Only two U.S. Senate elections featured a pair of major party nominees who were collectively younger than Florida’s two young Congressmen
DeSantis will be 38 in November 2016 and Democratic frontrunner Patrick Murphy will be 33.
To be sure, neither of these young congressmen is guaranteed to receive their party’s nomination at this point.
Murphy might still face a challenge from the left from fellow Representative Alan Grayson while DeSantis is expected to have multiple challengers such as Lieutenant Governor Carlos Lopez-Cantera with Representatives Jeff Miller and David Jolly, former U.S. Senator George LeMieux, and former Congressman and Florida Attorney General Bill McCollum all contemplating bids.
(Note: If he runs and is victorious, McCollum would become the oldest newly elected (or appointed) U.S. Senator in Florida history).
But if DeSantis and Murphy are both able to win their respective primaries next year, will their general election matchup feature the youngest candidates for the nation’s upper legislative chamber ever to square off at the ballot box?
Out of the approximately 1,700 general and special U.S. Senate contests held during the direct election era, Smart Politics identified just two matchups in which major party nominees were collectively younger than Murphy and DeSantis.
On Election Day next year, Murphy (33 years, 7 months, 10 days) and DeSantis (38 years, 1 month, 26 days) will be a combined 71 years, 9 months, and 6 days of age – more than five years shy of the all-time record.
The youngest pair of U.S. Senate hopefuls both came from Massachusetts political royalty.
In the Bay State’s 1962 special election, Democrat Ted Kennedy and Republican George Cabot Lodge were a combined 66 years and 16 days old.
Kennedy (30 years, 8 months, 16 days), was running for his brother John’s old seat from which he resigned after being elected president two years prior. (Benjamin Smith had been appointed to the seat in between).
Lodge (35 years, 4 months) was seeking the seat once held by his father Henry Cabot Lodge, Jr. (1947-1953) and great-grandfather, Henry Cabot Lodge (1893-1924).
John Kennedy had picked off Henry Cabot Lodge, Jr.’s seat in the Election of 1952.
In the 1962 special, the Kennedys prevailed over the Lodges again, with Ted defeating George by 8.4 points.
The second youngest pair of nominees faced each other in New Jersey’s 1978 election in a race between Democrat Bill Bradley and Republican Jeff Bell who were a combined 70 years, 2 months, and 7 days old.
Bradley, a recently retired NBA star, was 35 years, 3 months, 11 days old on Election Day while Bell, a GOP aide and speechwriter, came in at 34 years, 10 months, 26 days.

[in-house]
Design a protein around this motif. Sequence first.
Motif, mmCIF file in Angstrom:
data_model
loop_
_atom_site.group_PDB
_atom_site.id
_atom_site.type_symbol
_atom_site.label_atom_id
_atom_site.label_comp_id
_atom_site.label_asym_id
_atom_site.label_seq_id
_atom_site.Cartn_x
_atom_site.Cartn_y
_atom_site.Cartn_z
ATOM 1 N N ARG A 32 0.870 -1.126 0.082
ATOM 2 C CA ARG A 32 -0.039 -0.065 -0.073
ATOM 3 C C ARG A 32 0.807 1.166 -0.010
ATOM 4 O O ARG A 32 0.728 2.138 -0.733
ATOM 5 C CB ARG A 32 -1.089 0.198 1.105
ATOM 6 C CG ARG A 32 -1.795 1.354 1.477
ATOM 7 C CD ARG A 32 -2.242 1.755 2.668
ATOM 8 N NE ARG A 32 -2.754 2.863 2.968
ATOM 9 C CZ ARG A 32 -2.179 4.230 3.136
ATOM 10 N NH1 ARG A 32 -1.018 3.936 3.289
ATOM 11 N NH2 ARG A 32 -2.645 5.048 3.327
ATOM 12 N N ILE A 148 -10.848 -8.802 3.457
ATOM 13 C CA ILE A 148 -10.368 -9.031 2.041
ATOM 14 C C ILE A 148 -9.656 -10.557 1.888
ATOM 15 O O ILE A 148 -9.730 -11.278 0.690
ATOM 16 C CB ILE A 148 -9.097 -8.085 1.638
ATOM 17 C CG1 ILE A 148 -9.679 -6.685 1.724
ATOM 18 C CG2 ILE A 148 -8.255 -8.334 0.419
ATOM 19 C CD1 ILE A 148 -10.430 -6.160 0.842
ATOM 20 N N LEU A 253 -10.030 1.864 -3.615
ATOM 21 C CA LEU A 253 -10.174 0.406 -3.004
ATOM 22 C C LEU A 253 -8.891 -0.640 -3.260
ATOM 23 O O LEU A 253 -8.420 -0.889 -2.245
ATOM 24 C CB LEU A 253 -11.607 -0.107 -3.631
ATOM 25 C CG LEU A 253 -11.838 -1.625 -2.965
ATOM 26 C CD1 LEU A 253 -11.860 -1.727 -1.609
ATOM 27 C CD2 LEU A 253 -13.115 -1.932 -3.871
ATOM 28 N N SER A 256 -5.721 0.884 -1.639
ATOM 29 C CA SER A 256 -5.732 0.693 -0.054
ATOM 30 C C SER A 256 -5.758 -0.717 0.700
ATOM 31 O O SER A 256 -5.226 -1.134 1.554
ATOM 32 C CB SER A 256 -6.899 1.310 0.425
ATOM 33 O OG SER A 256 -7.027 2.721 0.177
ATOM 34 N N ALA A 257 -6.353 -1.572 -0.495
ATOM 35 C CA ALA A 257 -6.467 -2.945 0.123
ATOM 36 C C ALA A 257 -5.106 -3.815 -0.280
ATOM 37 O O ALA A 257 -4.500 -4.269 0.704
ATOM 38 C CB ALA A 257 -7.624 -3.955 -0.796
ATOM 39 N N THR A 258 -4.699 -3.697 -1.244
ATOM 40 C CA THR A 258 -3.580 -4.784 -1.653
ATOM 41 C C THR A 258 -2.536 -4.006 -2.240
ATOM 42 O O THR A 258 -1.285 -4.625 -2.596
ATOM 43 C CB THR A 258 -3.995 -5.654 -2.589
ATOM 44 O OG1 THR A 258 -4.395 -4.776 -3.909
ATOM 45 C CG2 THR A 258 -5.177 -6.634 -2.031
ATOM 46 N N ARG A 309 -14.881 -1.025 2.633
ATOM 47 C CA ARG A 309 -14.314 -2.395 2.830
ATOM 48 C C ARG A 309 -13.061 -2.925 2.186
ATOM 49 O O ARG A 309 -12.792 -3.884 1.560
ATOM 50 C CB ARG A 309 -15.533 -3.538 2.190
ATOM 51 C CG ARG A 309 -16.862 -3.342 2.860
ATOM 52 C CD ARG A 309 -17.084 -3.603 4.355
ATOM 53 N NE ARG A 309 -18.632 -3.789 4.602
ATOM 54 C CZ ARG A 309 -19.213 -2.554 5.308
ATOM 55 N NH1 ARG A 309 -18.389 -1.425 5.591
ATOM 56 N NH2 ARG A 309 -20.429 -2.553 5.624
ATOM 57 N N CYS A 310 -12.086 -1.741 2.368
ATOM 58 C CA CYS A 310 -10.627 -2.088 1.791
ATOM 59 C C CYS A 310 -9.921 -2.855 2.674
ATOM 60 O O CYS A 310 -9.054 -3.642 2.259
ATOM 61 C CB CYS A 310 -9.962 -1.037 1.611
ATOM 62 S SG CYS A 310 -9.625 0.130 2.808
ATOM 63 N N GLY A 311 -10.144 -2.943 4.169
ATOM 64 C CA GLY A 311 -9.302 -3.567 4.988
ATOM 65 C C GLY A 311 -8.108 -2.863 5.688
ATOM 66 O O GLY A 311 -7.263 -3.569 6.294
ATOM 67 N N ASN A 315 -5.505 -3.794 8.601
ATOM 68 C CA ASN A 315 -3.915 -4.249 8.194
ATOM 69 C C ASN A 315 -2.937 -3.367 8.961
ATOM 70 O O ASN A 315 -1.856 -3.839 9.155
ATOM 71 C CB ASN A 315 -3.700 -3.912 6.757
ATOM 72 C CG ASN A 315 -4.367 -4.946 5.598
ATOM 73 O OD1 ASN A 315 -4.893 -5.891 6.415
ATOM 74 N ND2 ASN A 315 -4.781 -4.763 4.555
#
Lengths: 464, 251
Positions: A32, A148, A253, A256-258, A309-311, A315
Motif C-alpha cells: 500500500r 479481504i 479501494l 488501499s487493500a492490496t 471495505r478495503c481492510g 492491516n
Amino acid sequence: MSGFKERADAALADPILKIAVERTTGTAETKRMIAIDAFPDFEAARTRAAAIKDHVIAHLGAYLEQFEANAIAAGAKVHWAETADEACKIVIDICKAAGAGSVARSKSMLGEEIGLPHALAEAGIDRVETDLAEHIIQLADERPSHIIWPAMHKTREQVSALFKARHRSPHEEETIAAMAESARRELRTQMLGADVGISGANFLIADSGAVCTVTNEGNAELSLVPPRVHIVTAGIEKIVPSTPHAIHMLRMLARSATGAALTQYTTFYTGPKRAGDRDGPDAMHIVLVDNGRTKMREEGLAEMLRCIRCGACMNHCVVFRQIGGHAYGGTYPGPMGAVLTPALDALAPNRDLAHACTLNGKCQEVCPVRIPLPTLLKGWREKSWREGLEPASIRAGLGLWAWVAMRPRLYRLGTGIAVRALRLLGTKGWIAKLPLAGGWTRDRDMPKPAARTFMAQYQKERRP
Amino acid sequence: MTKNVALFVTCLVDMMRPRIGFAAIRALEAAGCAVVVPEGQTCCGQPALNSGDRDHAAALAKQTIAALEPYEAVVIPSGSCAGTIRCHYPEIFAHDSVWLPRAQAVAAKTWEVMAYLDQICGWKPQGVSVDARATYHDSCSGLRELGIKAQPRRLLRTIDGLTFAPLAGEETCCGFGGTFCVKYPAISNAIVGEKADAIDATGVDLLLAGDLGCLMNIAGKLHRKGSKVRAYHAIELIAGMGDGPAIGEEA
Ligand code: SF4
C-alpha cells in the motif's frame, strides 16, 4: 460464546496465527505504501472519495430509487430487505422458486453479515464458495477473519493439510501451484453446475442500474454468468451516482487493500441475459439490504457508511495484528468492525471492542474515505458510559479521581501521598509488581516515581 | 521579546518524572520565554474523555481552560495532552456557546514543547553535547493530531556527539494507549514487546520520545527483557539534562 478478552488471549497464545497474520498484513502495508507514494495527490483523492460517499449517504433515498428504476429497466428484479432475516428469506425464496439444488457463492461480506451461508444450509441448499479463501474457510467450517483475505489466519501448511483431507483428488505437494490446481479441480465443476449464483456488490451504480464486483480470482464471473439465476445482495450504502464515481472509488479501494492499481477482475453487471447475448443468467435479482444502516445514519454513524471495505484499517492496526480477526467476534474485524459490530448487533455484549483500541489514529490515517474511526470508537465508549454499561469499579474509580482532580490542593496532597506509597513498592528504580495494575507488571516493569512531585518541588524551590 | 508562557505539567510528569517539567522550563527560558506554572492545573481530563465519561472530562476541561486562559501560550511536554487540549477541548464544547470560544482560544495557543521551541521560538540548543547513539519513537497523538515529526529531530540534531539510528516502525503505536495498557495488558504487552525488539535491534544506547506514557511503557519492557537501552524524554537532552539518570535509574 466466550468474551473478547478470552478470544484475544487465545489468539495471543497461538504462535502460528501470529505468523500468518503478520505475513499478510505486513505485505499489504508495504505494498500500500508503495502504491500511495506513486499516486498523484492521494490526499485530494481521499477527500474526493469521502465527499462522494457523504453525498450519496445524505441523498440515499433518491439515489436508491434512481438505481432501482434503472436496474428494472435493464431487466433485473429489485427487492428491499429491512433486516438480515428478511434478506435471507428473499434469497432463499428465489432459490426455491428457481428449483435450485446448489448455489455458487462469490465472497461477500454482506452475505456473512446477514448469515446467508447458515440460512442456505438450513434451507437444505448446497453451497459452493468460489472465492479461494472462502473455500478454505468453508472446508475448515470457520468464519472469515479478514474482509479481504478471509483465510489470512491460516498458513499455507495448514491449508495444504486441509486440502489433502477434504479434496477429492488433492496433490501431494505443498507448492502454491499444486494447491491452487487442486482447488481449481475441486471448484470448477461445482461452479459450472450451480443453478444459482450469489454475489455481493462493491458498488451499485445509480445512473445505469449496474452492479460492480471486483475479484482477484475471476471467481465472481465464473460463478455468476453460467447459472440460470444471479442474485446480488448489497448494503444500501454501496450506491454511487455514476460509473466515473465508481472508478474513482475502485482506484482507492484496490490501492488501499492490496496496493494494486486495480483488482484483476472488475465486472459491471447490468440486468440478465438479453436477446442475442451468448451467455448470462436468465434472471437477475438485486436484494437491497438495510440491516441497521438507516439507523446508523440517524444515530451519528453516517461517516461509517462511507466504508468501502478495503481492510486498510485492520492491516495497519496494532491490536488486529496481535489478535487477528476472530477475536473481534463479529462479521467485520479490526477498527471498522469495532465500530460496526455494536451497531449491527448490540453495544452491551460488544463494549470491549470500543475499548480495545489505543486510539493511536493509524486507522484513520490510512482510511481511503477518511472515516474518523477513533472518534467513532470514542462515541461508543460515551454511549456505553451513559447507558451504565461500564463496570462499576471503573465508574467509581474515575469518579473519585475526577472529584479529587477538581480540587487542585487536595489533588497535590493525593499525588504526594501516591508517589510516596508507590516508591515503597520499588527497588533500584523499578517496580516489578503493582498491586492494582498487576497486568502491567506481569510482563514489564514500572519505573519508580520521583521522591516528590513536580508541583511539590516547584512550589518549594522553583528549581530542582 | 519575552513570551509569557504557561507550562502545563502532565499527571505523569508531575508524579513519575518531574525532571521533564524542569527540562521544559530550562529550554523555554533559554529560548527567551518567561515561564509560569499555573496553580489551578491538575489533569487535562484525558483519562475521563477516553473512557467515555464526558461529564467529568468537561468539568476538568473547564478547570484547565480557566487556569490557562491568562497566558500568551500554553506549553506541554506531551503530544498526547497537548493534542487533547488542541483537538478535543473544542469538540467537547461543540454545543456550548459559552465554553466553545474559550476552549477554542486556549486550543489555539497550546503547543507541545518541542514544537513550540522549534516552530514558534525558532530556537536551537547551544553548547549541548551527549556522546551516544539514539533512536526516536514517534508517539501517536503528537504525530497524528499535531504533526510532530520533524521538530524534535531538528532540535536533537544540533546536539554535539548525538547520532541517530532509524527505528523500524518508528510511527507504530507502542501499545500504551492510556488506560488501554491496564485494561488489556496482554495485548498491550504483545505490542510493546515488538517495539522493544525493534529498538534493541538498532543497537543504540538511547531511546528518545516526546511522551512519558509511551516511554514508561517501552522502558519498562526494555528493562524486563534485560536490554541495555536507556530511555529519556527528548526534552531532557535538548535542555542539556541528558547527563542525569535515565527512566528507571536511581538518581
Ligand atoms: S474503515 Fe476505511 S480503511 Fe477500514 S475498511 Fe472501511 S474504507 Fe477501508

Bell had narrowly ousted four-term Republican U.S. Senator Clifford Case in that year’s primary but lost to Bradley in the general election by 12.2 points.
Bell would seek a U.S. Senate seat again in 1982 (losing the primary to Congresswoman Millicent Fenwick) and 2014 (losing the general election to Cory Booker by 13.6 points).
Other U.S. Senate elections featuring pairs of young nominees include:
● Wisconsin, 1928: Republican Robert La Follette, Jr. (33) versus independent Republican William Markham (39)
● South Dakota, 1978: Republican Larry Pressler (36) versus Democrat Don Barnett (36)
● Montana, 1978: Democrat Max Baucus (36) versus Republican Larry Williams (36)
● Indiana, 1986: Republican Dan Quayle (39) versus Democrat Jill Long (34)
● California, 1946: Republican William Knowland (38) versus Democrat Will Rogers, Jr. (35)
● North Dakota, 1926: Republican Gerald Nye (33) versus independent Republican Norris Nelson (40)
● Tennessee, 1984: Democrat Al Gore (36) versus Republican Victor Ashe (39)
● Massachusetts, 1970: Democrat Ted Kennedy (38) versus Republican Josiah Spaulding (37)
● Oklahoma, 1980: Republican Don Nickles (31) versus Democrat Andy Coats (45)
● Indiana, 1968: Democrat Birch Bayh (40) versus Republican William Ruckelshaus (36)
● Pennsylvania, 1976: Republican John Heinz (38) versus Democrat William Green (38)
Note: There have also been several U.S. Senators in their 30s who did not face an opponent in the general election such as Democrats Richard Russell of Georgia in 1932 (age 35) and 1936 (age 39), Claude Pepper of Florida in 1936 (age 36), Huey Long of Louisiana in 1930 (age 37), and Russell Long of Louisiana in 1956 (age 38) and Republican David Stewart of Iowa (age 39).
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